Nov. 14, 2018, CNN reported that Keep and Bear—a conservative online market launched in 2016 that touts itself as “one of the largest purveyors of conservative resources online” — has released a Make America Great Again (MAGA) “Build the Wall” block set.
Aimed at children age 5 and up, the 100-block set, complete with President Donald Trump figurine, states, “A mob of 10,000 Central American migrants is marching through Mexico and heading toward El Paso, Texas. Mexican border agents attempted to stop them at the Mexican border, but to no avail. The wall must be built. The wall will keep America safe and strong.”
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Richard Gottlieb, CEO and founder of Global Toy Experts, told CNN, “I think it’s mostly designed to appeal to adults who maybe feel they’re making some kind of political statement. … I can’t think of anything that would turn a child off more to that political position than building a wall. It’s the most boring play concept in the history of the world.”
What’s more: the tiny Lego-knockoffs, complete with MAGA in the top left-hand corner of the box mimicking the iconic Lego logo, are completely gray. Children are stimulated by colors, a fact that elementary school educators use to their advantage.
As Gottlieb pointed out to CNN, the “Build the Wall” toy is more of a novelty to adults rather than pushing a political agenda on children. If anything, the damage the blocks could cause would be against the belief in Santa when little Jack and Jill open the package to find it isn’t the Lego Star Wars Millennium Falcon (which retails at a whopping $799.99) that was requested.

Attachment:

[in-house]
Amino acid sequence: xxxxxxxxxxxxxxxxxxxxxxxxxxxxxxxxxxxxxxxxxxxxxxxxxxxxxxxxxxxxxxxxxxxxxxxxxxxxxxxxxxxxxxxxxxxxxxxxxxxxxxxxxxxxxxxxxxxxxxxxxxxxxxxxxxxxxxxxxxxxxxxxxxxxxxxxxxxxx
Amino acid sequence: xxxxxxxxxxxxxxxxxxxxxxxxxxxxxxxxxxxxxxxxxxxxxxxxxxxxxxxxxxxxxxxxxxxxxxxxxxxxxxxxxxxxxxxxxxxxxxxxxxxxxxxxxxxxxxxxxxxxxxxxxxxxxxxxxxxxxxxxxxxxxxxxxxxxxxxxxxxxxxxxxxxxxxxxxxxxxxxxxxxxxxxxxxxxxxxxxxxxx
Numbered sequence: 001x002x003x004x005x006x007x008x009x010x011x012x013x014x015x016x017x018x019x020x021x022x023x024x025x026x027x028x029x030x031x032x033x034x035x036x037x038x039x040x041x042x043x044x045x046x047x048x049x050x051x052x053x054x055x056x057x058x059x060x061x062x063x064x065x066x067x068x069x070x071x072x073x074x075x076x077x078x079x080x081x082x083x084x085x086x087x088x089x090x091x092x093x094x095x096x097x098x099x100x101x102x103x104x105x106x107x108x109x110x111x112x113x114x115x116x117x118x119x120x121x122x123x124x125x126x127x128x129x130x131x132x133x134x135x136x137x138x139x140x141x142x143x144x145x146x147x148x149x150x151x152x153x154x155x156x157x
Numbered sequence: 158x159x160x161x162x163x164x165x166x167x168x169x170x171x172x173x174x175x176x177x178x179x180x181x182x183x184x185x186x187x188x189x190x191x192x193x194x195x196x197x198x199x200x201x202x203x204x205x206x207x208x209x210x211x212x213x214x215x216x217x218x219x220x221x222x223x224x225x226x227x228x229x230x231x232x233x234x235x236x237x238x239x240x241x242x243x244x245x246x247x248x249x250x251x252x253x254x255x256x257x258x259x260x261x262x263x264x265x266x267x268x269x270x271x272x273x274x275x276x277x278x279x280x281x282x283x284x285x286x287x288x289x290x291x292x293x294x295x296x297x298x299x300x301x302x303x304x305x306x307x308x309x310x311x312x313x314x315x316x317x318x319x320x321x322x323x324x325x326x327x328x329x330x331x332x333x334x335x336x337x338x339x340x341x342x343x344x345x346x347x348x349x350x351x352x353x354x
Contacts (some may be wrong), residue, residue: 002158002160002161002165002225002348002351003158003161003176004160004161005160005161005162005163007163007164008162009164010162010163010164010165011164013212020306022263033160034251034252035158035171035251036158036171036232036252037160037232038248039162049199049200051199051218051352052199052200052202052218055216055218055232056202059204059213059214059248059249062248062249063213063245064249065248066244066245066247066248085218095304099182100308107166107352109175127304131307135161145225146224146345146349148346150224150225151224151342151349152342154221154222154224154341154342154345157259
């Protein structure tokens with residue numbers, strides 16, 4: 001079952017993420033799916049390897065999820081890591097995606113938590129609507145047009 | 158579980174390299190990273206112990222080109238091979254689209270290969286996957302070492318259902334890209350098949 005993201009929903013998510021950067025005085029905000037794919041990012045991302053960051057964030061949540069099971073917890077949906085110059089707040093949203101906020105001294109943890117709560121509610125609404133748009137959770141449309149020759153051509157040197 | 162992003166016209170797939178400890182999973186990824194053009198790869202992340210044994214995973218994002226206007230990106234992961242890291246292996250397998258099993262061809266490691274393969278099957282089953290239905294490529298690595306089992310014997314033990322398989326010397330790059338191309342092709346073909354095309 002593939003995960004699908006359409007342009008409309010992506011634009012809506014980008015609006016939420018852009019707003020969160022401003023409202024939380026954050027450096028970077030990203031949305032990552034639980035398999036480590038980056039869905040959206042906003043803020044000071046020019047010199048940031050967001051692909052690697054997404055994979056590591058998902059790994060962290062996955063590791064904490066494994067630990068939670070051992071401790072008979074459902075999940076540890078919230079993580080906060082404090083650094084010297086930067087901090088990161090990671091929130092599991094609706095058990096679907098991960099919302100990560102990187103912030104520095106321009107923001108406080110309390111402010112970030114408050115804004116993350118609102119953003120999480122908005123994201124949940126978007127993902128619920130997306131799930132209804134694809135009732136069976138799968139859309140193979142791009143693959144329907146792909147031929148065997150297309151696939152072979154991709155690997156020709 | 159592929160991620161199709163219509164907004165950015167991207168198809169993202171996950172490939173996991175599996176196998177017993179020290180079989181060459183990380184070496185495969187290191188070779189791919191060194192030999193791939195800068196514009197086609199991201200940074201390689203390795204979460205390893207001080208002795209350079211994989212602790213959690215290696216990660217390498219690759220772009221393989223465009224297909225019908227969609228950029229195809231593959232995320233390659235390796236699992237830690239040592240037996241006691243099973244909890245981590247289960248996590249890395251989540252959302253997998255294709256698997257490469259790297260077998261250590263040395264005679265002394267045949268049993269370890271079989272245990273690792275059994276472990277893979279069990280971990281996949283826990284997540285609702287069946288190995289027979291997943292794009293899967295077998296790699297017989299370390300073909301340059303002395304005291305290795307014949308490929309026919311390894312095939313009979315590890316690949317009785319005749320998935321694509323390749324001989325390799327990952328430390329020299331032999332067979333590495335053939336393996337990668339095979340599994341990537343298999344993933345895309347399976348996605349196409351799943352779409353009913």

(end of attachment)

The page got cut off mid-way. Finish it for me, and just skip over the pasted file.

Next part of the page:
But the set is noteworthy because for more than 80 decades blocks have worked as the public’s first introduction to design and architecture.
The Introduction of Lego as Educational Aid
In 1932, Danish carpenter Ole Kirk Kristiansen opened his business selling wooden stepladders, ironing boards, stools and wooden toys. Two years later, the company adopted the name Lego, formed from the words “leg godt” or “play well” in Danish. By 1949, the company was producing around 200 wooden and plastic toys, which included four- and eight-pegged plastic “Automatic Binding Bricks” in four colors.
Today, Lego bricks are available in 53 different colors, and more than 400 billion blocks have been produced since 1949.
The Scots College in Sydney reports that there are eight educational benefits for children playing with Legos as found by the Lego Education organization (yes, that’s a thing; no, I don’t know how you get that job):
Promotes fine motor skills
Develops problem solving and mathematical thinking
Improves communication skills
Develops lateral thinking and planning skills
In particular, the improvements to creativity comes from the use of various shapes, colors, sizes and the ability to create just about anything without an expectation of right or wrong—four things the “Build the Wall” collection are missing.
Frank Lloyd Wright Had a Lasting Impact on Children’s Educational Play